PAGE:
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Old 05-09-2017, 10:56 AM   #1
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Fire Detection and Suppression

Yesterday I learned of a Bayliner 4788 that was lost to a fire originating in the engine room.

The last "at sea" fire that I remember also originated from the engine room.

So....

The question for the crowd is, What systems, and strategies do you have onboard to detect and suppress a engine room fire.

Do you have a automatic system?
Do you have a permenant mounted manual system?
Do you rely on portable fire extinguishers, and if so how large are they.
Do you have smoke detectors in the engine room?
If you have smoke detectors are they linked to an external siren?
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Old 05-09-2017, 11:04 AM   #2
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I'll start with my boat.

We have an automatic Kidde fire suppression system
I do not have the manual release hooked up to it, but I will this next week.

We do not have the automatic engine shutdown hooked up. Yes I know its a requirement but I am not comfortable with the concept of having all my engine shutdowns running through one single point of failure.

We do have a process in place that if the discharge alarm sounds that we immediately shut down the engines and generator.

We also have several 5 pound fire extinguishers onboard, but we haven't even looked at them except to visually verify the arrow in in the green for several years.

We feel that a huge component of our system is the ability to detect a fire early. Before the suppression system activates which is at 170 degrees.

To do this we have a smoke detector on the ceiling of the engine room, and it is linked to a on board siren.

I'll admit that it's not a perfect system, but at least it's something. There is certainly room for improvement here.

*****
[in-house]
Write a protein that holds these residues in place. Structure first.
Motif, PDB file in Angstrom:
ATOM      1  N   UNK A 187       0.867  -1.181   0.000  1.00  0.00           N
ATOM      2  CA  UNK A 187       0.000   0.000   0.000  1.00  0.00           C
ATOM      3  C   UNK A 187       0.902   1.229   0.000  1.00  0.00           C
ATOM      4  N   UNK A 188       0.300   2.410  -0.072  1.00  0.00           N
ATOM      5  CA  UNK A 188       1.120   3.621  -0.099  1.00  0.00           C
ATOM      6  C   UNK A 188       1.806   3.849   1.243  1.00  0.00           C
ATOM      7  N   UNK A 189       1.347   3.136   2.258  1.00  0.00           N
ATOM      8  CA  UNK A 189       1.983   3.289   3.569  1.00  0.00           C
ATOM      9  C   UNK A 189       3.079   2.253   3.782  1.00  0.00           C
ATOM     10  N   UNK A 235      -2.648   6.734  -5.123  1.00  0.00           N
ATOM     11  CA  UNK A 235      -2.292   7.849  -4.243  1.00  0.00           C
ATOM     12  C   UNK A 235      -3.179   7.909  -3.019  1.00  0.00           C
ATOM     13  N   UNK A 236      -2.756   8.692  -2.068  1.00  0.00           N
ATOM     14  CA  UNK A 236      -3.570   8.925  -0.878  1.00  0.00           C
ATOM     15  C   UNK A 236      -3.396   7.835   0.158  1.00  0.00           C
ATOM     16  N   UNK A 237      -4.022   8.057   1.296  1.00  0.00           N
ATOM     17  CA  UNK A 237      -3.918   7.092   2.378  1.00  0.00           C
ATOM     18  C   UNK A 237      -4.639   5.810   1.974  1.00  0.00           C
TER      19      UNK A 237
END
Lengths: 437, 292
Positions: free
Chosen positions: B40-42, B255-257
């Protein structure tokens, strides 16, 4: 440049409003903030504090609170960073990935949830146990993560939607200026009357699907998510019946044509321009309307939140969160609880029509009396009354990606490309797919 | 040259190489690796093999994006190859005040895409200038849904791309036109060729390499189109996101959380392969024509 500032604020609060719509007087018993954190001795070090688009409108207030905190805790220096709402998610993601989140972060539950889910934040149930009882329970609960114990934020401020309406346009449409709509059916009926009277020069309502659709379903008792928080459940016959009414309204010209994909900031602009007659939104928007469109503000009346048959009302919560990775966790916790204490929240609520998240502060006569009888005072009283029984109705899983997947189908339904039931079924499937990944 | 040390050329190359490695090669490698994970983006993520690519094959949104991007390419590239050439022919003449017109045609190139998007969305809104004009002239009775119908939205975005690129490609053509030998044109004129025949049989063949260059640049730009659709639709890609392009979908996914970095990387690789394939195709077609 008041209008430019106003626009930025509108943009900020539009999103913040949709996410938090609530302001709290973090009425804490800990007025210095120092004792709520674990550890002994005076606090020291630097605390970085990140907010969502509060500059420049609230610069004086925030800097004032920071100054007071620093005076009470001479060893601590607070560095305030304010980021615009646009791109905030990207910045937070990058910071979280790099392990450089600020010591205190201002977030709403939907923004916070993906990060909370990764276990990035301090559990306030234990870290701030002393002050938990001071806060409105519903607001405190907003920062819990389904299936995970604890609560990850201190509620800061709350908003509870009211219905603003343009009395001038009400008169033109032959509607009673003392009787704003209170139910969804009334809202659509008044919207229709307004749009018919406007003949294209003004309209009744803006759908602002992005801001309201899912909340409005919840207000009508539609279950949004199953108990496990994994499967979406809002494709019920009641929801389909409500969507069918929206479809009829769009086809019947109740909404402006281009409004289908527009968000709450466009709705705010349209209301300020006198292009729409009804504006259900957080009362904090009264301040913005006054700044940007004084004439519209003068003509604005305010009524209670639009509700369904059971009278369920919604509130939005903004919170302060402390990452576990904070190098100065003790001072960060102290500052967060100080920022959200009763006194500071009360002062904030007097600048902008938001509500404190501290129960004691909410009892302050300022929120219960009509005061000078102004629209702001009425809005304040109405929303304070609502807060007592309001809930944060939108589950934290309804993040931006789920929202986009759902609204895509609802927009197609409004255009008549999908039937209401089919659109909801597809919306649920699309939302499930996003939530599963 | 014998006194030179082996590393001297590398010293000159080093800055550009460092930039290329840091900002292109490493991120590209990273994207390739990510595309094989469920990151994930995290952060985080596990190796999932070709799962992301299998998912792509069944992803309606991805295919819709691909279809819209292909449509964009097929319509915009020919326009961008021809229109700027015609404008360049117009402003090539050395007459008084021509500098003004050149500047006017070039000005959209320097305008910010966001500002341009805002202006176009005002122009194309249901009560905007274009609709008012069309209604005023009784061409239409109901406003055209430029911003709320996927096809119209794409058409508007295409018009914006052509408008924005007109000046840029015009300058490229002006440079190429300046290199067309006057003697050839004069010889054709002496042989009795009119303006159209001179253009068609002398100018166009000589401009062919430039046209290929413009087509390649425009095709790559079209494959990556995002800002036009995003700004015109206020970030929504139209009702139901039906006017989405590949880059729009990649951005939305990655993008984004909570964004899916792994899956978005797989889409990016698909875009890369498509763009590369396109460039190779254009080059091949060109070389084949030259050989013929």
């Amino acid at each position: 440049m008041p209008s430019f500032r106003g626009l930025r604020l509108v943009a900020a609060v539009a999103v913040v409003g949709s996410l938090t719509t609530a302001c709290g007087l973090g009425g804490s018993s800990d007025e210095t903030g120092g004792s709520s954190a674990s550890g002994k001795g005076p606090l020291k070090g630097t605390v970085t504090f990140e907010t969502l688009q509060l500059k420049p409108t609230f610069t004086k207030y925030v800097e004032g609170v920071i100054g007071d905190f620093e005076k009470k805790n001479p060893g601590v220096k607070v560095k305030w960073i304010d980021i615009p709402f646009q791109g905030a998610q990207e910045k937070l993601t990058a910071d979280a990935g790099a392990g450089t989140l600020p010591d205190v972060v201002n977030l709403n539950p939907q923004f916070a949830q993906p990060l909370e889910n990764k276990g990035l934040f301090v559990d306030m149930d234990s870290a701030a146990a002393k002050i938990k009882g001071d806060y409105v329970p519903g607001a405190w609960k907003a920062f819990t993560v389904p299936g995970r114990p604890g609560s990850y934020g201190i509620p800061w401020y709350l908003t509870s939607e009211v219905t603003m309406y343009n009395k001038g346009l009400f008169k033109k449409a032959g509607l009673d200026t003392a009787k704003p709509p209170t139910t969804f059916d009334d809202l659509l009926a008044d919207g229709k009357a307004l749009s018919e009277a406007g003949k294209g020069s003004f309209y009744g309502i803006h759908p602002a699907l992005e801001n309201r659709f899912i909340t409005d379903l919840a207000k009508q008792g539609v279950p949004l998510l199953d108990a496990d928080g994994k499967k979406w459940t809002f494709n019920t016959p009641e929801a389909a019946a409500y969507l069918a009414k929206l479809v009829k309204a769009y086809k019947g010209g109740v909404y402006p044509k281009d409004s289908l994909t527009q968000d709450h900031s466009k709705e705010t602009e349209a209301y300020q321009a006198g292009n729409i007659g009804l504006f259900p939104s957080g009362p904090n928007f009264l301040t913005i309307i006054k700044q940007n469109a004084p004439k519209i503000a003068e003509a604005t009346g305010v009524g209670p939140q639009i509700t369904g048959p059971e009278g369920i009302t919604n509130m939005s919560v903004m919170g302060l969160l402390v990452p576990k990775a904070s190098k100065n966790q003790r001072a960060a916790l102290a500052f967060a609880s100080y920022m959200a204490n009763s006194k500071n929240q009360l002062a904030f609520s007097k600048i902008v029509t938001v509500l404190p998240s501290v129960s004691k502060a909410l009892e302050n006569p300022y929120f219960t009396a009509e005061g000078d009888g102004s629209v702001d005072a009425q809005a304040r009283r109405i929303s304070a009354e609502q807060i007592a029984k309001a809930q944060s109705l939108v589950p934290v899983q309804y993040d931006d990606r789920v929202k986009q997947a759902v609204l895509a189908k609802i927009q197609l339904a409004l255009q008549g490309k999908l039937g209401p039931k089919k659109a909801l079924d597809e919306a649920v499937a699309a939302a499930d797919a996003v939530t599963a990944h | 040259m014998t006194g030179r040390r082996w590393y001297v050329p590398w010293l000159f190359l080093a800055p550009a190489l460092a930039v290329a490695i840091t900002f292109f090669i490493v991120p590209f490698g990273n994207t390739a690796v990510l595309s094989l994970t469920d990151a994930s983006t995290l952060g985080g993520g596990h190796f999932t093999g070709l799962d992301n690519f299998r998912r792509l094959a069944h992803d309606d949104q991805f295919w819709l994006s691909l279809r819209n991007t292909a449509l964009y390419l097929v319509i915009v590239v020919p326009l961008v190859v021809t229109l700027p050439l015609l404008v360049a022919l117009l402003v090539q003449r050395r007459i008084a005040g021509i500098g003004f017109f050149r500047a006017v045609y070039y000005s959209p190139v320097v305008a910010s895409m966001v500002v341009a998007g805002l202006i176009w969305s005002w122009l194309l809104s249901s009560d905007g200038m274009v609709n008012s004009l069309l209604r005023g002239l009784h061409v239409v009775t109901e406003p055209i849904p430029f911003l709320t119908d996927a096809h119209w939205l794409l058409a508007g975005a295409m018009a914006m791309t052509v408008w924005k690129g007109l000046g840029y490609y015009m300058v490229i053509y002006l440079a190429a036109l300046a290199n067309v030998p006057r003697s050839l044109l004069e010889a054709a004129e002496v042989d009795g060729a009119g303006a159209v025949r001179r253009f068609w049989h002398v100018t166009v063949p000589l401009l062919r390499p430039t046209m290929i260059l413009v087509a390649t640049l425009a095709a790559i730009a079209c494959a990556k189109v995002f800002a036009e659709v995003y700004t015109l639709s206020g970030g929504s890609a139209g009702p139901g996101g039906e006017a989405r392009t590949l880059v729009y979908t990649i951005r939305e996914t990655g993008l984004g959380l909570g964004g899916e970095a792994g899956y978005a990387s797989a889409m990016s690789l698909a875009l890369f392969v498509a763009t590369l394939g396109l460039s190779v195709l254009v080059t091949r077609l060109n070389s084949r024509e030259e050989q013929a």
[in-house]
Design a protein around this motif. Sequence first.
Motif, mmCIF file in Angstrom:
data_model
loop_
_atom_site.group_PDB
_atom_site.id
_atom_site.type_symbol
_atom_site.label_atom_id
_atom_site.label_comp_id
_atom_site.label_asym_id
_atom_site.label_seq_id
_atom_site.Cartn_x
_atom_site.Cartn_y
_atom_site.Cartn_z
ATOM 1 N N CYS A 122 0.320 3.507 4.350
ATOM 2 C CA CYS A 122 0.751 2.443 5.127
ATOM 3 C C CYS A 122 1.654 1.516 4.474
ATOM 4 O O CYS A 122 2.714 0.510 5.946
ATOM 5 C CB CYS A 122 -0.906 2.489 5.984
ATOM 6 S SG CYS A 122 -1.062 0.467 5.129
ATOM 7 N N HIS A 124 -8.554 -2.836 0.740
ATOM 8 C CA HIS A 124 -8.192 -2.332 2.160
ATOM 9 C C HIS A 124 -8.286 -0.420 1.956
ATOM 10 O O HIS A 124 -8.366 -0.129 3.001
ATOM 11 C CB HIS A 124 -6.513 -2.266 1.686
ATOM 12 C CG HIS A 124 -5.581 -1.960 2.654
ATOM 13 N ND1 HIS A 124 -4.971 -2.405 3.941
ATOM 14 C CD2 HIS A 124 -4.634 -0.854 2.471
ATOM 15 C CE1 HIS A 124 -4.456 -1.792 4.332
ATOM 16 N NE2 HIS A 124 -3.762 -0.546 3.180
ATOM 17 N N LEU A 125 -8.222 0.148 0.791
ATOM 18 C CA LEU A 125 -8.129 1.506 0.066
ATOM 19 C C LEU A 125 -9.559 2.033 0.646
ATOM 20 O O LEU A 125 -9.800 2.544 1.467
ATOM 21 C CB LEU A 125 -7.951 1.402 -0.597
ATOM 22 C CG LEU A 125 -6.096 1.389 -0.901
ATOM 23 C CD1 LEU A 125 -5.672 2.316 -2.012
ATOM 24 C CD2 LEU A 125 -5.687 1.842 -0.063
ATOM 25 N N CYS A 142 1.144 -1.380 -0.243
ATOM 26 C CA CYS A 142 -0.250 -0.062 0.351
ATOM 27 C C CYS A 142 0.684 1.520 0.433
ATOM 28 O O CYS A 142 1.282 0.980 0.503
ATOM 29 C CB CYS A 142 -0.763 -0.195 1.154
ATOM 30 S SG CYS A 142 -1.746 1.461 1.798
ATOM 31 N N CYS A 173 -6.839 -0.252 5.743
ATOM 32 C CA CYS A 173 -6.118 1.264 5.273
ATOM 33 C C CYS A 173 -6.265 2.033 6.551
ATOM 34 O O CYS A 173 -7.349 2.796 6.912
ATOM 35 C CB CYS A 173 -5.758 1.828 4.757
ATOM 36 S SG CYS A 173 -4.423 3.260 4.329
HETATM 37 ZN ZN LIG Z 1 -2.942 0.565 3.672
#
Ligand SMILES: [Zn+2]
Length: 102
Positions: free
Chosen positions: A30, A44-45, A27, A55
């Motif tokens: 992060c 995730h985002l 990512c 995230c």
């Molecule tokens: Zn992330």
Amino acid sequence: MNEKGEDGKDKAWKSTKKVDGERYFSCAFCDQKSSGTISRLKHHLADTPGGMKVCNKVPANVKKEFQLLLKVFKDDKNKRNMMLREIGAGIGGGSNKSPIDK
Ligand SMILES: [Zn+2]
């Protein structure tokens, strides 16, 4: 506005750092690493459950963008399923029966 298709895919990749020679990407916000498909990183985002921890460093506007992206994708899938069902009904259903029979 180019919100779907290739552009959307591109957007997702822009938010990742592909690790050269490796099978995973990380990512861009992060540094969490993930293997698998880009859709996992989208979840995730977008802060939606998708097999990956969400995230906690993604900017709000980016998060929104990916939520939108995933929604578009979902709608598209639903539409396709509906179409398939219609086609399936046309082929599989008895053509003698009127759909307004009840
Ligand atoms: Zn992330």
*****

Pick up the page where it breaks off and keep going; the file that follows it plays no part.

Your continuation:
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Old 05-09-2017, 11:07 AM   #3
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We have an automatic system and it also has a manual trigger just outside the ER door. And its linked to a shutdown system that kills the engine, generator, fans, and propane if the fire bottle deploys. Also hand held extinguishers, including a large one in the ER.

The laz is set up the same way, with shut down on the diesel heat, propane, and. Laz fans.
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Old 05-09-2017, 11:12 AM   #4
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I don't have heat, smoke, or CO detectors, and should. They are on my list.

BTW, it's pretty easy to wire a bypass switch at the shutdown box. The shutdown all have an over ride function to restart the engines, but you are right that if the shutdown device itself fails, and they do, you can find yourself disabled. I know a lot of people who wire in simple bypass switches as an add assurance of being able to quickly restart.
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Old 05-09-2017, 11:24 AM   #5
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Along with an ancient Halon system (that still passes inspection) I have a number of Purple K extinguishers throughout the boat. All four of them are spread out so you are never too far from one of them and can use them to help clear a path off the boat. Forward between galley and v-berth, aft cabin, upper helm and back deck.

Would not trust anything but a Purple K extinguisher to put out a oil/diesel fire.
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Old 05-09-2017, 12:41 PM   #6
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Along with an ancient Halon system (that still passes inspection) I have a number of Purple K extinguishers throughout the boat. All four of them are spread out so you are never too far from one of them and can use them to help clear a path off the boat. Forward between galley and v-berth, aft cabin, upper helm and back deck.

Would not trust anything but a Purple K extinguisher to put out a oil/diesel fire.
even better to follow Purple K with AFFF. dry chem doesn't cool, remove O2, or remove the fuel. So, reflash is possible.
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Old 05-09-2017, 12:53 PM   #7
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There was a long thread on this topic some time ago (maybe on the sister forum) that had a lot of good thoughts. A couple I remember: